28 November 2018 – It is still possible to keep global warming below 2°C, but the technical feasibility of bridging the 1.5°C gap is dwindling as global CO2 emissions reached a new record in 2017.
Global emissions are on the rise as national commitments to combat climate change come up short.
In fact, the gap between the climate ambitions of the world and the effort needed to reach the targets in the Paris Agreement has increased.
These findings along with a sweeping review of climate action and the latest measurements of global emissions are the key findings of the 2018 Emissions Gap Report published today.
The report annually presents a definitive assessment of the so-called ’emissions gap’ – the gap between anticipated emission levels in 2030, compared to levels consistent with a 2°C / 1.5°C target
UNEP DTU Partnership coordinates the flagship report from UN Environment, and UNEP DTU Partnership director John Christensen, with several other UNEP DTU Partnership scientist, are among the report’s main authors.
Evidence outlined here, just days before the start of the COP24 in Poland show global emissions have reached historic levels at 53.5 GtCO2e, with no signs of decreasing.
Increased emissions and lagging action means the gap number in this year’s report is larger than ever. Translated into climate action, the authors conclude nations must triple their ambition to meet the 2°C and to meet 1.5°C.
“The commitments given by the countries of the world in the Paris agreement are insufficient. Technically, it is still possible to ensure that global warming does not exceed two degrees, and ideally stays below 1.5 so we avoid the worst consequences, but unfortunately it looks very difficult.
We need to collectively accelerate implementation of existing solutions, increase ambitions, and set concrete new targets to further reduce greenhouse gas emissions, “says John Christensen, who has been part of all COP negotiations as a representative of the United Nations Environment Program.
Analysis and a review of progress against national commitments under the Paris Agreement makes it clear that the current pace of national action is insufficient to meet the Paris targets.
“There is both a big gap between what the world’s countries have promised to do, and what it is needed, and another one between the promises and so what is actually being done,” John Christensen says.
Presenting the options for future climate action
A continuation of current trends will likely result in global warming of around 3°C by the end of the century, with continued temperature rises after that, according to the report findings.
“If the IPCC report represented a global fire alarm, this report is the arson investigation,” says UN Environment Deputy Executive Director Joyce Msuya.
“The science is clear; for all the ambitious climate action we’ve seen – governments need to move faster and with greater urgency. We’re feeding this fire while the means to extinguish it are within reach.”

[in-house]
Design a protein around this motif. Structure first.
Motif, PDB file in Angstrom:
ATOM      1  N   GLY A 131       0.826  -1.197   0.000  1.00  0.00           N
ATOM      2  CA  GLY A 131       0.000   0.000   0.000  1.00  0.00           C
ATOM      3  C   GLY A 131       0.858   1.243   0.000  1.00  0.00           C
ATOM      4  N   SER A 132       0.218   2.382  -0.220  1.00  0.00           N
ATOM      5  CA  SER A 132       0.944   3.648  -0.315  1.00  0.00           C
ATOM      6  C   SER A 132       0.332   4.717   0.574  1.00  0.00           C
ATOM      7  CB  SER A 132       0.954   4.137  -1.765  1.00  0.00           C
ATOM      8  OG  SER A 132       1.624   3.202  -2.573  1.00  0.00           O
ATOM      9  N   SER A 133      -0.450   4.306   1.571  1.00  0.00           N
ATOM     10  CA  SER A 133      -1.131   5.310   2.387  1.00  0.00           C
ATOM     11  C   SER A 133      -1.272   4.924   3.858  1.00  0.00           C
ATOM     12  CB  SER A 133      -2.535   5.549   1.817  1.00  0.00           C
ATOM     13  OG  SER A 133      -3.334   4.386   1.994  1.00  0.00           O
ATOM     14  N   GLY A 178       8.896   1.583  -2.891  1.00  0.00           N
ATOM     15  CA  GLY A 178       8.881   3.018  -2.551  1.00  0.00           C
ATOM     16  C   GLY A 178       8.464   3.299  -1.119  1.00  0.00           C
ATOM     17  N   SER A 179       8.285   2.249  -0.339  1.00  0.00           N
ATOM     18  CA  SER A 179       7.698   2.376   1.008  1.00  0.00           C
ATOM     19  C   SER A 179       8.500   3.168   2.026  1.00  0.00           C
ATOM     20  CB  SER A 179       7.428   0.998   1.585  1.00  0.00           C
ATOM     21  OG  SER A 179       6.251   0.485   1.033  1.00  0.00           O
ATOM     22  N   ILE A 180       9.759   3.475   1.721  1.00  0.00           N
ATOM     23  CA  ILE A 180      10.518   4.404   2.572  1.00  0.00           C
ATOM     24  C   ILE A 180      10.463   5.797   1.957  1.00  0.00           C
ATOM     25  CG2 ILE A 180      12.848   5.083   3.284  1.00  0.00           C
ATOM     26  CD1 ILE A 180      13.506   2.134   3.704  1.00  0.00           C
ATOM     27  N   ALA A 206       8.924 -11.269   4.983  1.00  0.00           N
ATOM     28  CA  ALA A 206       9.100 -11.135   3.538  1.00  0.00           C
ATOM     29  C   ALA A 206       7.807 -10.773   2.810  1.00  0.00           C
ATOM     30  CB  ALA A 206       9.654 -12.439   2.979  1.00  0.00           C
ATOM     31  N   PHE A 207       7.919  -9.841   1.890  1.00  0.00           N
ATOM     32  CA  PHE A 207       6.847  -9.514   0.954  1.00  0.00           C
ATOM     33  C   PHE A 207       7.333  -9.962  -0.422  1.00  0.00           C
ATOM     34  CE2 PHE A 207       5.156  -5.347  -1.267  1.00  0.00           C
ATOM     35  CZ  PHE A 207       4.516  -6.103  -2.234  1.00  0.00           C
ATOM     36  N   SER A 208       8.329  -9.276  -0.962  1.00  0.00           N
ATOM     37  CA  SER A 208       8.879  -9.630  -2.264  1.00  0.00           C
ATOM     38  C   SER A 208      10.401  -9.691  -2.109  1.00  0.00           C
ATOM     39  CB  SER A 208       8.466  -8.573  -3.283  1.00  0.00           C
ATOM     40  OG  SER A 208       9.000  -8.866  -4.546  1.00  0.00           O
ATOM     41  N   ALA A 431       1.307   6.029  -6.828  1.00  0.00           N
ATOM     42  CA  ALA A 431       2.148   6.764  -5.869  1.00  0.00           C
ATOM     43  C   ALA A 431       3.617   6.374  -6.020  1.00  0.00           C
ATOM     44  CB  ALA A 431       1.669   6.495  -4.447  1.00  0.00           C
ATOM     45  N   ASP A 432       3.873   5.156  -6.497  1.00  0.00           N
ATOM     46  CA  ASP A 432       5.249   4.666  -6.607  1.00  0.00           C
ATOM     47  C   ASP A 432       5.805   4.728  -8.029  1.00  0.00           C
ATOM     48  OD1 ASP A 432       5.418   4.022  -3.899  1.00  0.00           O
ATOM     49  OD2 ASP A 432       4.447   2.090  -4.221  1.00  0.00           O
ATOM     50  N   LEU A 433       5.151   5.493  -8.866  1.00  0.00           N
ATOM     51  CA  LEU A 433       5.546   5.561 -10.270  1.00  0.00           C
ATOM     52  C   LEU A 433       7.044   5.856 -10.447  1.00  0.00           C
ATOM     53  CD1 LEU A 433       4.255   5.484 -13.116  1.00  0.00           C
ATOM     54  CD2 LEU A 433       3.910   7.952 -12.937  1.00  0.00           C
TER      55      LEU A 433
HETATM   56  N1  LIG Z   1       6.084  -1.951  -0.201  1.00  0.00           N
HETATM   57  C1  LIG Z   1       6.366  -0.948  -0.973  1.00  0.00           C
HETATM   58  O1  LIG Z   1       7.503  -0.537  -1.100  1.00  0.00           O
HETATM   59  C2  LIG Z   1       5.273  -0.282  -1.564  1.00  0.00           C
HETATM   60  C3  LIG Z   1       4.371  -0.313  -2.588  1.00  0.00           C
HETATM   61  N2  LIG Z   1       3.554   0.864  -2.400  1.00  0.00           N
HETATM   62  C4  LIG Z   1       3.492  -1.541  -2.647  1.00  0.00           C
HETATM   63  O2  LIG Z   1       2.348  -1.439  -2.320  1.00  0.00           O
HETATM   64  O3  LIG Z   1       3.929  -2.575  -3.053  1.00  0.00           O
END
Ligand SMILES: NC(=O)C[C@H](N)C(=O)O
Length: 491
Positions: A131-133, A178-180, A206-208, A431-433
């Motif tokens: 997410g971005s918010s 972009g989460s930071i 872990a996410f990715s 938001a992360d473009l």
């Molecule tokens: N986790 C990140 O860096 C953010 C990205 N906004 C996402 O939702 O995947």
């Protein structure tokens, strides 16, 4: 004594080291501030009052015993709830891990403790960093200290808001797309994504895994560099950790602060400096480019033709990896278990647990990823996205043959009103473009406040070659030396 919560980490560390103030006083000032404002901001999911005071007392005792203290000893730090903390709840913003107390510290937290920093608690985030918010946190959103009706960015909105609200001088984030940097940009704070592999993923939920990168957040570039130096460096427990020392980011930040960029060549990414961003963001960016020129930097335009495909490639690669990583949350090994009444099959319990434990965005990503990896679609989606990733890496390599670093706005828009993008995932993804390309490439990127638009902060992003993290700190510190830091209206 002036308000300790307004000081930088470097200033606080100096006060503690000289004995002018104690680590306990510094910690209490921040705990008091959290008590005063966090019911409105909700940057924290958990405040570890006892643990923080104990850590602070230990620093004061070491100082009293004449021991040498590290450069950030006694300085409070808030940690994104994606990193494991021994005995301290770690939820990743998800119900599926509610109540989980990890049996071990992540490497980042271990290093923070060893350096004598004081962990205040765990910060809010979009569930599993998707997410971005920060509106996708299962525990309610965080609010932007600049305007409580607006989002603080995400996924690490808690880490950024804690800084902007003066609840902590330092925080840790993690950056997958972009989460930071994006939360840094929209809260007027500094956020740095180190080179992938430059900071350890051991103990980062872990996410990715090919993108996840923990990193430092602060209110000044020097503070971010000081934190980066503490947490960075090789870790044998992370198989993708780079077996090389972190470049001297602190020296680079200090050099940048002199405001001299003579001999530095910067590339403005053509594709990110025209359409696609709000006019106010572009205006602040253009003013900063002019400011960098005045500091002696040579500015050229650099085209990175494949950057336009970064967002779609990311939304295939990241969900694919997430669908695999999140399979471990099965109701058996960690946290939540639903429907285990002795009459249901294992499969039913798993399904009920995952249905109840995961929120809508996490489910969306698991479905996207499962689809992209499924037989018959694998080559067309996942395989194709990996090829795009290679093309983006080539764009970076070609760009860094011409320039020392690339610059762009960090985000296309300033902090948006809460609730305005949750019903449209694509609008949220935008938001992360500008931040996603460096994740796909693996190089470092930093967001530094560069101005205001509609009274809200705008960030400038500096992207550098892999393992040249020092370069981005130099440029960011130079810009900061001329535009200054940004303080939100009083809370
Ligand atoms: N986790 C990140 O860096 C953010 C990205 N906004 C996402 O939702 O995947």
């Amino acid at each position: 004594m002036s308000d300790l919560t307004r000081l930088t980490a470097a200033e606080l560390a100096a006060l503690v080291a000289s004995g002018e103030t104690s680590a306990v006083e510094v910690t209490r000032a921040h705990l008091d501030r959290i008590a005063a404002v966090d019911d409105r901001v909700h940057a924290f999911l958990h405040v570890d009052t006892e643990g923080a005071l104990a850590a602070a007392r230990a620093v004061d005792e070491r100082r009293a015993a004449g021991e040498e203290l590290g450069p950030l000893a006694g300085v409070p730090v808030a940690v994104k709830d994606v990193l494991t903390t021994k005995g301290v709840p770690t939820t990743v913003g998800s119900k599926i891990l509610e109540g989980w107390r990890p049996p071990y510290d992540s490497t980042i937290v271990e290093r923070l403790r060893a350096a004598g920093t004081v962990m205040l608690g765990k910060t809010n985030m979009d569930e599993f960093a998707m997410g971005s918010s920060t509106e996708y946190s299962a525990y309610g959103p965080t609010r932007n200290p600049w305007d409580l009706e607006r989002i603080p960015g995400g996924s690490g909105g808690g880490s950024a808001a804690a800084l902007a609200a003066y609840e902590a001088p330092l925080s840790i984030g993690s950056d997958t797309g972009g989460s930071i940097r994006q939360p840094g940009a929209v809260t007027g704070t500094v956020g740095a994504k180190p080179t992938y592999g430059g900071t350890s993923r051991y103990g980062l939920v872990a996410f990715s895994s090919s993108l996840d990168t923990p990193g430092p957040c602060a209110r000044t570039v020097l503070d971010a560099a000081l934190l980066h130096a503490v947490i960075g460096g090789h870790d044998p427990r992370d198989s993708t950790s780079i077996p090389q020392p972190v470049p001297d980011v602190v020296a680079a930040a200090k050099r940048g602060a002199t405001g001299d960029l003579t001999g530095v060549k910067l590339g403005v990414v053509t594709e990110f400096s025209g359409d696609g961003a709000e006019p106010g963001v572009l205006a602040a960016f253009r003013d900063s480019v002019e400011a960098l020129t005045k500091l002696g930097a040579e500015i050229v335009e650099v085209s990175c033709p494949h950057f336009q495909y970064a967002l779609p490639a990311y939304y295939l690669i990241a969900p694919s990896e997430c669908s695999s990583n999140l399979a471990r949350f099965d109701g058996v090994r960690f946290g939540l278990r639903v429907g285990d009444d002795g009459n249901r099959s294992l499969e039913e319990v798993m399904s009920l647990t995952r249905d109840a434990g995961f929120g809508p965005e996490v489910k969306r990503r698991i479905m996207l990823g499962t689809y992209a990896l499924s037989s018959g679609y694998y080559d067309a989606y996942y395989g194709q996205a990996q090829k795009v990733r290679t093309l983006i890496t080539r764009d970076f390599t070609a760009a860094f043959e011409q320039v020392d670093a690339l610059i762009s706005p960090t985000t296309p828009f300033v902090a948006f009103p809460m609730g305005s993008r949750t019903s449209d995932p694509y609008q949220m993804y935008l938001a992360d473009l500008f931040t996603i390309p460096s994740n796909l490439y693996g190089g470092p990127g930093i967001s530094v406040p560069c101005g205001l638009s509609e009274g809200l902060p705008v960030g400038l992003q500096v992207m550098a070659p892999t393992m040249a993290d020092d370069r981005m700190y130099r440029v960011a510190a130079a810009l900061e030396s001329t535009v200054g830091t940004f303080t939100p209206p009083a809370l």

The Emissions Gap report differs from many other climate reports because it not only brings bad news. Like previous year’s releases, this year’s report presents some of the most important options for reaching our climate goals, and documents that if there is political will, the goals can be achieved with existing solutions and technology.
It points to the need for all countries to not only to achieve their commitments in the Paris agreement by 2030 but also to dramatically increase their ambitions within the next two years.
To fill this void, the 2018 Emissions Gap Report offers new insight into what meaningful climate action will look like. Through new analysis of global emissions in the context of fiscal policy, the current pace of innovation and an exhaustive review of climate action from the private sector and sub-national level, authors gathered here offered a roadmap for implementing the type of transformative action required to maximize potential in each of these sectors.
The solutions already exist
The good news is that the technical solutions needed to achieve the goals and reduce the emission of greenhouse gases adequately already exist. Technology that not only will help the climate, but will also contribute positively to the achievement of several of the 17 Sustainable Development Goals.
The 2018 Emissions Gap Report point to three areas in particular where existing technology can make a difference: Sustainable energy, energy efficient technology and transport, and a stop for deforestation.
In order for the full potential of climate-friendly technology to be reached, the report points to issues of fiscal policy, that in many countries needs to be geared to the necessary transformation to low-carbon economies.
“There is a need for political visions for how our society and life will be in a climate-friendly future. Of course, a change of the magnitude that this report and global climate challenges in general calls for takes time, but we have to get moving. There is simply no alternative, “concludes John Christensen.
Download the report here.